People emplot their actions and their understandings of the world
   through the narratives they recount and listen to [...] Whether
   inside or outside Africa, we construct our own and others'
   identities and aspirations and meanings through stories. Words--the
   sustained and meaningful unfolding of narrative words--are not
   'mere' words but ways of doing and experiencing, of asserting

The motivations of the artist in the festival are thus directed not by own inclinations toward specific subjects, but by dictated and current themes. This seeming patronage of the narrative makes the narrative prioritize adaptation to external requirements, rather than the artist's individuality. The thematic interest of the narrative in the KSCDF performances is then not of individual artists, but of a wider group whose identity is national, and to an extent, political. This furthers the intentions of using the oral narrative for distinct political gains as far as the identity of the Kenyan audience is concerned.

In a country that has been plagued by negative ethnic exclusivity where the ethnic divide smoulders beneath a fragile veneer of nationhood, this evolution in the performance of contemporary oral narrative within the KSCDF catapults the genre into the 'national' psyche of the audience. Its abilities to narrate both experienced and ideal social self as realized on the wider national platform rather than on the smaller and exclusive ethnic platforms help the creation of idealized national identities, another step in bridging the ethnic divide. Thus "Eclipse" narrates the national census, "Promulgation" narrates the successful adoption of a new national constitution, "King'ang'i Land" narrates the sexual harassment of women, a national concern, while "For Sale" entreats the nation to buy local products and promote the Kenyan economies.

Notable too is the fact that the traditional African oral narrative is not merely for entertainment but a socializing tool as well. The performer deliberately selects the oral material for their informative and entertainment value for his immediate audience:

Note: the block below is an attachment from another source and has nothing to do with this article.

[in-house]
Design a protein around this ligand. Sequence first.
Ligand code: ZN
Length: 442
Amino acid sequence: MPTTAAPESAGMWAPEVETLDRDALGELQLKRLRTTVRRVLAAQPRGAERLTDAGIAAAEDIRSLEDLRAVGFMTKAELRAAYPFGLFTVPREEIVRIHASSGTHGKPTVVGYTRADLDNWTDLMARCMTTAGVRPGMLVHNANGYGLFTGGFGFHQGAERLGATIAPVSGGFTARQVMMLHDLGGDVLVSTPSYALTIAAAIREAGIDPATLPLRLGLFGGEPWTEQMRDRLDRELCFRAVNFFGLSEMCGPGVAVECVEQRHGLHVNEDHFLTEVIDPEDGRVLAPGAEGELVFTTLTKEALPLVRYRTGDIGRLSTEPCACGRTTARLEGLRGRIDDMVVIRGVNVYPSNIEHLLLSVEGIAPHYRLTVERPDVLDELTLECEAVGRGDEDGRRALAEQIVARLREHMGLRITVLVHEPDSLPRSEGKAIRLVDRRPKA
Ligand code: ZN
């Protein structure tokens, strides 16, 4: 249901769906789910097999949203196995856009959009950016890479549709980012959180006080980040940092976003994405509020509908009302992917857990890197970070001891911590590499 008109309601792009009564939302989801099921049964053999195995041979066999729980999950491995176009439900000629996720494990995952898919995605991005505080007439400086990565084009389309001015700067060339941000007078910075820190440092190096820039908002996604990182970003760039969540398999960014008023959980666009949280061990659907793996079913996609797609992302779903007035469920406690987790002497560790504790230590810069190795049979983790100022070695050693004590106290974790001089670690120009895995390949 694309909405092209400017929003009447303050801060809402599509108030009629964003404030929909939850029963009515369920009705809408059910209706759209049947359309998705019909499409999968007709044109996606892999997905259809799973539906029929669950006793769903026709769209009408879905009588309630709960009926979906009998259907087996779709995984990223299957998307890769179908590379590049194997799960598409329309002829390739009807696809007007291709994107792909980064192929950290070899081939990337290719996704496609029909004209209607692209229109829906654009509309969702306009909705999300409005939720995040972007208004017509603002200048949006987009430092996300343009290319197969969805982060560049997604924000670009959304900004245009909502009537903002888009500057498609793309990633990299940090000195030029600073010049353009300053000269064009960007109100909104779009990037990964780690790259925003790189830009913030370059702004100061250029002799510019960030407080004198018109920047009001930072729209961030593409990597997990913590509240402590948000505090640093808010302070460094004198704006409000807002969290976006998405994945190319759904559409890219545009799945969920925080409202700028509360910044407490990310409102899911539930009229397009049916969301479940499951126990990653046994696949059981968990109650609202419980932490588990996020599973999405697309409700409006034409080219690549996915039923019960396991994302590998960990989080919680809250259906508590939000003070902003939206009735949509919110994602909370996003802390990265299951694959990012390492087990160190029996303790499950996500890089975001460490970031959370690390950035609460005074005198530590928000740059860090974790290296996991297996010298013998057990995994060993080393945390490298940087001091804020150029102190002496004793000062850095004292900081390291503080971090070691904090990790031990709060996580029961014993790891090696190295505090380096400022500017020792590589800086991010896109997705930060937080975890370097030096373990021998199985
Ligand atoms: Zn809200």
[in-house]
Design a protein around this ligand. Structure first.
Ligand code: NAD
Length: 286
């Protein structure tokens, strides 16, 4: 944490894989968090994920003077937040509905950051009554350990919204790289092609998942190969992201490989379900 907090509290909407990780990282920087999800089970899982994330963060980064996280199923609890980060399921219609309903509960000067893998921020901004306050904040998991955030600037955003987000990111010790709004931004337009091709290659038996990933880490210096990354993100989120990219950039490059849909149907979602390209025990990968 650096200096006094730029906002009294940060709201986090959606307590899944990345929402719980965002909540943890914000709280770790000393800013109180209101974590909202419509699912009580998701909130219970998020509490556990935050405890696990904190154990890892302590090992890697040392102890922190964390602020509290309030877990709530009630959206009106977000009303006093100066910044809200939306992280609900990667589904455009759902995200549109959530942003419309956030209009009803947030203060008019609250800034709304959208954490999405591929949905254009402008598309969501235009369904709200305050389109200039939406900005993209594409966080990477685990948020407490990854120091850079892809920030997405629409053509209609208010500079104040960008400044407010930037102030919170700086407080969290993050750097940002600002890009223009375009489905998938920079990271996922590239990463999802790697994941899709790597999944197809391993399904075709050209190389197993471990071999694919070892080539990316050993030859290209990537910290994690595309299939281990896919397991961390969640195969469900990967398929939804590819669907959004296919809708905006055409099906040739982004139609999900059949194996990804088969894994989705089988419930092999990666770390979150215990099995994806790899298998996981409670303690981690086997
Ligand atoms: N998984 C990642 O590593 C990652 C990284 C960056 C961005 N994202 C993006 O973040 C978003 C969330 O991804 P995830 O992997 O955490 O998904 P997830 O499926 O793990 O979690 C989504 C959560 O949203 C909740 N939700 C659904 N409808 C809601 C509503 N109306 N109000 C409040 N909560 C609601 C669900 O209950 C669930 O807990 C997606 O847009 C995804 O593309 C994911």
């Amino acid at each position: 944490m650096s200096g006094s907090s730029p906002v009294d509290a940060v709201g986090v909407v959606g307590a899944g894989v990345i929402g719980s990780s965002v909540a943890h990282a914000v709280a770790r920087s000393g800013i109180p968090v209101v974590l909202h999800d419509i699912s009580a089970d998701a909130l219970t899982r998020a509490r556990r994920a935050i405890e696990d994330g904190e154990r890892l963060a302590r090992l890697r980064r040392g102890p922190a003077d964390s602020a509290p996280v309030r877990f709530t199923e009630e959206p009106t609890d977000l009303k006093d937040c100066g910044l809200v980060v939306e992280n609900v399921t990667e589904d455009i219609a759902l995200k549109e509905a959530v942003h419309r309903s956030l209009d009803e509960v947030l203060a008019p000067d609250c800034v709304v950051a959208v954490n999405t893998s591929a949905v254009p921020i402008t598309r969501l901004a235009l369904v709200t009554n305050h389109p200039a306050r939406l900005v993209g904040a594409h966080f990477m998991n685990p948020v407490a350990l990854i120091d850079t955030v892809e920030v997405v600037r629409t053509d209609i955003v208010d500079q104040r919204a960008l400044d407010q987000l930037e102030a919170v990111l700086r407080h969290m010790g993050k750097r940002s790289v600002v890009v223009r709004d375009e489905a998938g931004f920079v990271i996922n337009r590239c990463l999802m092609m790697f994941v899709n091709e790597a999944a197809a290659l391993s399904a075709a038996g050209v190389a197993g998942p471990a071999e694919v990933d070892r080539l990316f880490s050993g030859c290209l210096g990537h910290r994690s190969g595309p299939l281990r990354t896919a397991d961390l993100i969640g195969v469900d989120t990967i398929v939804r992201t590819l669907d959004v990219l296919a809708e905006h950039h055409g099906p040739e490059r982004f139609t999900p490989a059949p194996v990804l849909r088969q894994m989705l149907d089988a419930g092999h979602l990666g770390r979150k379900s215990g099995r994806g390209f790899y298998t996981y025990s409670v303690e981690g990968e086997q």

To the large extent, oral narratives are not art for its own sake. They are largely vehicles through which the society passes down its wisdom and commentary to future generations. Thus, they focus on important facets of our lives. This gives them their thematic focus. (Miruka 22)

The attempts at creation of a national community through the contemporary performance of the oral narrative not only revitalizes this oral literary genre, but cements its vitality in the communal psyche and stronghold in the artistic space of a contemporary community. It presents itself as the perfect creative space for the narration of a national identity. Whether or not the national identity and culture succeeds is now outside the realm of this article.

The incorporation of highly dramatic movements which contemporize narratives from diverse ethnic contexts is also a recent development in the rendition of the oral narrative that has been perfected within the festivals' context. Shifting from the passively seated narrator whose only visible movements would be hand gestures and the audible voice modulation to the agile narrator complete with dramatics on the stage has enhanced the performance nature of the oral narrative. However, the attempt at drama has not killed the African aesthetic inherent in 'traditional' narratives. The somewhat passive narration of the tale has now been overtaken by the theatrically appealing performance seen on the KSCDF stage. The performer of the oral narrative in these festivals employs more drama than his traditional predecessor. In the performance of "For Sale", the narrator moves across the entire stage, downstage to the audience and extreme upstage to a specific slot on the backdrop which visually illustrates a place he is supposed to be at, at that time in his narration. At appropriate junctures, he joins the accompanying dancers in their commentary jigs. The two narrators of "Kinga'ng'i Land" make rehearsed synchronized movements including short dances, while the narrator of "Promulgation" makes extensive use of hand gestures and dances solo on stage to the musical interludes that comment on and enhance the story. These show the versatility of the performer in contemporary performance of the story.